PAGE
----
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Listener Picks: Indigenous communities want sovereignty over their data

Miss Navajo Nation Shaandiin P. Parrish puts on a white gown to help distribute food, water, and other supplies to Navajo families in Huerfano on the Navajo Nation Reservation, New Mexico.
Miss Navajo Nation Shaandiin P. Parrish puts on a white gown to help distribute food, water, and other supplies to Navajo families in Huerfano on the Navajo Nation Reservation, New Mexico.

For centuries, Native Americans have struggled for sovereignty over their land, culture, and traditions.

And in recent years, their data, especially when it comes to information about their health.

Native scientists are working to bring medical data that had traditionally been extracted from tribal communities back into the hands of indigenous people. We speak with members of The NativeBio, the first indigenous-led biodata repository and research institution on the tribal lands of the Cheyenne River Sioux Reservation.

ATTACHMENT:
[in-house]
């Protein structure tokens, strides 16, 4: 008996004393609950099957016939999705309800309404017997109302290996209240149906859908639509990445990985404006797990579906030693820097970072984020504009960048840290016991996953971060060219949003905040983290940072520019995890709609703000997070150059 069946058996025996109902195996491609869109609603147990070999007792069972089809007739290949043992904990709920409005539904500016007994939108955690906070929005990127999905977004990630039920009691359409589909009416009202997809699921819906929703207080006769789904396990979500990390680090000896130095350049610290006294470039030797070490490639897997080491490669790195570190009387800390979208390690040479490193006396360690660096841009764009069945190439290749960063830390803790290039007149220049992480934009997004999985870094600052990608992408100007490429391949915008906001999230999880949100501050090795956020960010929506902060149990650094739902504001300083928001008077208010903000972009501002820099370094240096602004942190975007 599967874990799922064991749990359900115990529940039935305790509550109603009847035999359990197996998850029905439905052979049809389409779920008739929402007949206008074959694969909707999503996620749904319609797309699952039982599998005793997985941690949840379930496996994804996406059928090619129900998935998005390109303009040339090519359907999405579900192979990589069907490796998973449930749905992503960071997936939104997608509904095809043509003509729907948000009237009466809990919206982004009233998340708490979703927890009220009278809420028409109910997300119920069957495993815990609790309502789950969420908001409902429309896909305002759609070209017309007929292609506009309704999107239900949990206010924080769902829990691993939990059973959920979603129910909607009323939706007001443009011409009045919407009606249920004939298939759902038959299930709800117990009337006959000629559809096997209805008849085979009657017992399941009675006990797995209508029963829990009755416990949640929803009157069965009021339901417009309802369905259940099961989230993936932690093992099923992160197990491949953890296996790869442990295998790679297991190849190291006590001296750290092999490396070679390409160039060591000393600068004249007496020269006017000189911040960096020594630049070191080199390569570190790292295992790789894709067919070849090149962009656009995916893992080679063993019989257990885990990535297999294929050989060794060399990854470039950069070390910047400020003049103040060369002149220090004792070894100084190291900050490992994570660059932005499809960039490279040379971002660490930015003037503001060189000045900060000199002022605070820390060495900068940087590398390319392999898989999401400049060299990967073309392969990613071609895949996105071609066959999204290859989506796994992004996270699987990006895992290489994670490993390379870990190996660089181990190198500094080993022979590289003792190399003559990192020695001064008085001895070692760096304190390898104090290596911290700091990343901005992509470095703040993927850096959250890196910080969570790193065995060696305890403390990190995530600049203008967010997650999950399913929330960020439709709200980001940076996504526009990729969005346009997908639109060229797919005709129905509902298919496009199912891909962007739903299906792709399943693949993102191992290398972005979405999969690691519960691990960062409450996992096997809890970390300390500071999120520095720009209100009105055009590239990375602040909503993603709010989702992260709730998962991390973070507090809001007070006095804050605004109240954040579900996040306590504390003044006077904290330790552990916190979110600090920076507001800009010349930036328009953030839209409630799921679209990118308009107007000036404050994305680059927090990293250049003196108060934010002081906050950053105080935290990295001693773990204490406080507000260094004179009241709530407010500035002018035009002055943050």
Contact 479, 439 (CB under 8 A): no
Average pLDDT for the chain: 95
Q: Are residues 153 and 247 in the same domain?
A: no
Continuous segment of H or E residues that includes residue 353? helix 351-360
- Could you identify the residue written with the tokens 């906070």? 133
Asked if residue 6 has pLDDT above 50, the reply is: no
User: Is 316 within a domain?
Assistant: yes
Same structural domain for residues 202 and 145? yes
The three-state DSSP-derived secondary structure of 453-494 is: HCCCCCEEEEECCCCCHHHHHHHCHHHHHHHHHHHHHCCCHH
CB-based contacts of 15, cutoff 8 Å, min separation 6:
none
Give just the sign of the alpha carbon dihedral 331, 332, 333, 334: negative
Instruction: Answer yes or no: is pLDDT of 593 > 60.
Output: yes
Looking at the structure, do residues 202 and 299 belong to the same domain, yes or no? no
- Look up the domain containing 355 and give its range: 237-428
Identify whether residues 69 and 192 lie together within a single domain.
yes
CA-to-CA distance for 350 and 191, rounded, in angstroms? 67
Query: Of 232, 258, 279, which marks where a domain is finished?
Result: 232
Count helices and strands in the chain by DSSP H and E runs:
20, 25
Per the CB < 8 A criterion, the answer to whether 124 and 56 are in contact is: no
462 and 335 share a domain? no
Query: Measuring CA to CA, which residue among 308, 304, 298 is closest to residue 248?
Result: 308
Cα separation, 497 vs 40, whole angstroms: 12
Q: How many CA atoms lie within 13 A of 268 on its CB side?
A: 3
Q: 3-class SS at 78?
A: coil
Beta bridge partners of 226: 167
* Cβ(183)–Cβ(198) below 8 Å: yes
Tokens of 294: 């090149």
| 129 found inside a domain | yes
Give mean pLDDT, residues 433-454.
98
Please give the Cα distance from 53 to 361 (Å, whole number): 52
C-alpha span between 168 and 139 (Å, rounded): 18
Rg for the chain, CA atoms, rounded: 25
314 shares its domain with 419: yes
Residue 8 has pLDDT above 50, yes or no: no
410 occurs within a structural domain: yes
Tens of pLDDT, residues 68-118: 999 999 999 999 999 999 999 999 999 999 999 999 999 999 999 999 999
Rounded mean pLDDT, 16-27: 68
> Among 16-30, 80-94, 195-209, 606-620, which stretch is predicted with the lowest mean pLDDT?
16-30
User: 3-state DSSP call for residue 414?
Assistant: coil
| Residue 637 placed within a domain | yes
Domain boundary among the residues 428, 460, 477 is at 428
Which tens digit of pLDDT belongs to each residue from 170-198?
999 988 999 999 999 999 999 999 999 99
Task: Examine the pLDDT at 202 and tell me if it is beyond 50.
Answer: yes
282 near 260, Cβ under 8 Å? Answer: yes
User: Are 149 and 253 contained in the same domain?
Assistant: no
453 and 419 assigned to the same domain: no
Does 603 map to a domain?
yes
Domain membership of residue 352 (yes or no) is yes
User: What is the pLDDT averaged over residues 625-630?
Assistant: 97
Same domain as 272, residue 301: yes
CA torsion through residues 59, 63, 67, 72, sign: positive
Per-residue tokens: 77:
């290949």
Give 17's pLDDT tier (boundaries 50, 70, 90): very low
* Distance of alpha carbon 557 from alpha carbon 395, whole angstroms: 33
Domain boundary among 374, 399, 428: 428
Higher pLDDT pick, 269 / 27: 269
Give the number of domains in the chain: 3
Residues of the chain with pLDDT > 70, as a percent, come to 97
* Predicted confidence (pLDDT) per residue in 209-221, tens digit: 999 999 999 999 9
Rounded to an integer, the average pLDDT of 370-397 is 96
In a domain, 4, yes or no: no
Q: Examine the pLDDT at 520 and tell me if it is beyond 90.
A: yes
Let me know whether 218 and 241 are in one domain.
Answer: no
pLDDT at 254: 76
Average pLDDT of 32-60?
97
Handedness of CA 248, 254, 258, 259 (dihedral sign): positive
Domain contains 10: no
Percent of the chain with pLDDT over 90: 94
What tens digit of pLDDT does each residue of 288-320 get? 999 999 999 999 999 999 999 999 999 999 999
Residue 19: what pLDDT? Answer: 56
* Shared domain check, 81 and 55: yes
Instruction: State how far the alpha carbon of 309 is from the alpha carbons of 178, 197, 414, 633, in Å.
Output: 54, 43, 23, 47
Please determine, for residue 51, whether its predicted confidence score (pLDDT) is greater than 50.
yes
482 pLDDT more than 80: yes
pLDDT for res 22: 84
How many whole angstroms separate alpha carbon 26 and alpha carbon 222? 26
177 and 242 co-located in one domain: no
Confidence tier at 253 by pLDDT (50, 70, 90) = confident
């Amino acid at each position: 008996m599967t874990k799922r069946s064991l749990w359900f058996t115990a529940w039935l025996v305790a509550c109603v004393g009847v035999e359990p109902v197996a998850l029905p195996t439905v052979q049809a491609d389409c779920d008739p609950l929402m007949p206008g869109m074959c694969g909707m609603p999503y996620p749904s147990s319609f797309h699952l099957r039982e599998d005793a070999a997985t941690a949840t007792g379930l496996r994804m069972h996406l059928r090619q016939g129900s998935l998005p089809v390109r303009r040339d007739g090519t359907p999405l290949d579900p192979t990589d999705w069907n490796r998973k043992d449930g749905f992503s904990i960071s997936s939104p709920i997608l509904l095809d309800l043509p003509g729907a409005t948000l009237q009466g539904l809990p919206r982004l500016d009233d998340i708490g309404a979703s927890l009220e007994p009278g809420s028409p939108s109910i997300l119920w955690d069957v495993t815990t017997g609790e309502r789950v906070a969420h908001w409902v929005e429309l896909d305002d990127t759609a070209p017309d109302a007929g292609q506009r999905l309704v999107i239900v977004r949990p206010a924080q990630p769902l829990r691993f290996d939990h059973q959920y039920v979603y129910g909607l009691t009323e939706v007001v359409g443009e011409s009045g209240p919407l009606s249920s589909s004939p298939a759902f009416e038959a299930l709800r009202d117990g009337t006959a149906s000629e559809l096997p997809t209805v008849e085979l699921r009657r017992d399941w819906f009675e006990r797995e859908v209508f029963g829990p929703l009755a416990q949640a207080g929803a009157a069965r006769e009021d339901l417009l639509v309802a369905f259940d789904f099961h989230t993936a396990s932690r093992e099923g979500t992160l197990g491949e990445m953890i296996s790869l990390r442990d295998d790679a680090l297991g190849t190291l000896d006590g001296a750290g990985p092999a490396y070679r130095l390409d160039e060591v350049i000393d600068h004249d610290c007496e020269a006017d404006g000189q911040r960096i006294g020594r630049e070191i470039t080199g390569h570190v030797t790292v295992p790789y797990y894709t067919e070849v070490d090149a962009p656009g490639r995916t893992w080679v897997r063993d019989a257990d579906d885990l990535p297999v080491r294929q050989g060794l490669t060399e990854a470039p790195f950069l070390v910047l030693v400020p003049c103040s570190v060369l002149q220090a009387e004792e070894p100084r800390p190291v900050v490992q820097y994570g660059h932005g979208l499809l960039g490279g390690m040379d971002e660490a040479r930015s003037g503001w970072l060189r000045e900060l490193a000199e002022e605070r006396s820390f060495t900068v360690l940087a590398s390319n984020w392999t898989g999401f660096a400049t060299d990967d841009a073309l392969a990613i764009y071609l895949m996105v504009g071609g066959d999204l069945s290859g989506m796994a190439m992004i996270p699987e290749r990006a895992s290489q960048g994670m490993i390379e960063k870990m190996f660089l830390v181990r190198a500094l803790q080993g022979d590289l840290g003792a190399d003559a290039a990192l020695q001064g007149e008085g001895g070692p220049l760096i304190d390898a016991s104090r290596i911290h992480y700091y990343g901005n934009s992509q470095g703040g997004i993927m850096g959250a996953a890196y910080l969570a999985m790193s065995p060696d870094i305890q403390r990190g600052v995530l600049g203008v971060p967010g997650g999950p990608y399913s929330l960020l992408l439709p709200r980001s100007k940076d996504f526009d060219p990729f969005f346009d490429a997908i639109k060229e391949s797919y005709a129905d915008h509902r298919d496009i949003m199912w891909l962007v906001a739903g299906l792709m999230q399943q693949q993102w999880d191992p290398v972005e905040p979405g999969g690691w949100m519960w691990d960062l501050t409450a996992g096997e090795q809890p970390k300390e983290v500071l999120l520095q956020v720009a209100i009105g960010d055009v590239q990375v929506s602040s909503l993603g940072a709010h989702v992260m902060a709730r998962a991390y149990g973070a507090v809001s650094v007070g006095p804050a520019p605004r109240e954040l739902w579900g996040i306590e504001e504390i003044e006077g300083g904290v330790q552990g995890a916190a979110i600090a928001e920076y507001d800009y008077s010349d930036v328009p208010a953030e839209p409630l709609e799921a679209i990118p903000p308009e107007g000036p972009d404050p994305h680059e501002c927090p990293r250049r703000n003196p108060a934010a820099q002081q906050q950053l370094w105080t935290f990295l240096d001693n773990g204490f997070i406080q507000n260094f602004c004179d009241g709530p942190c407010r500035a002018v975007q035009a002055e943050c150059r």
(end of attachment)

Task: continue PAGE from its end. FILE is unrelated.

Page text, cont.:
The inspiration for this conversation came from listener James Perez in Michigan and is part of our annual week of listener-suggested show series.

We hear from Native scientists about righting past wrongs when it comes to how indigenous communities have been treated by researchers and how they hope to improve the health of their communities through the decolonization of data.

1A always welcomes suggestions from listeners. Email us your ideas: 1A@wamu.org.

Copyright 2024 WAMU 88.5

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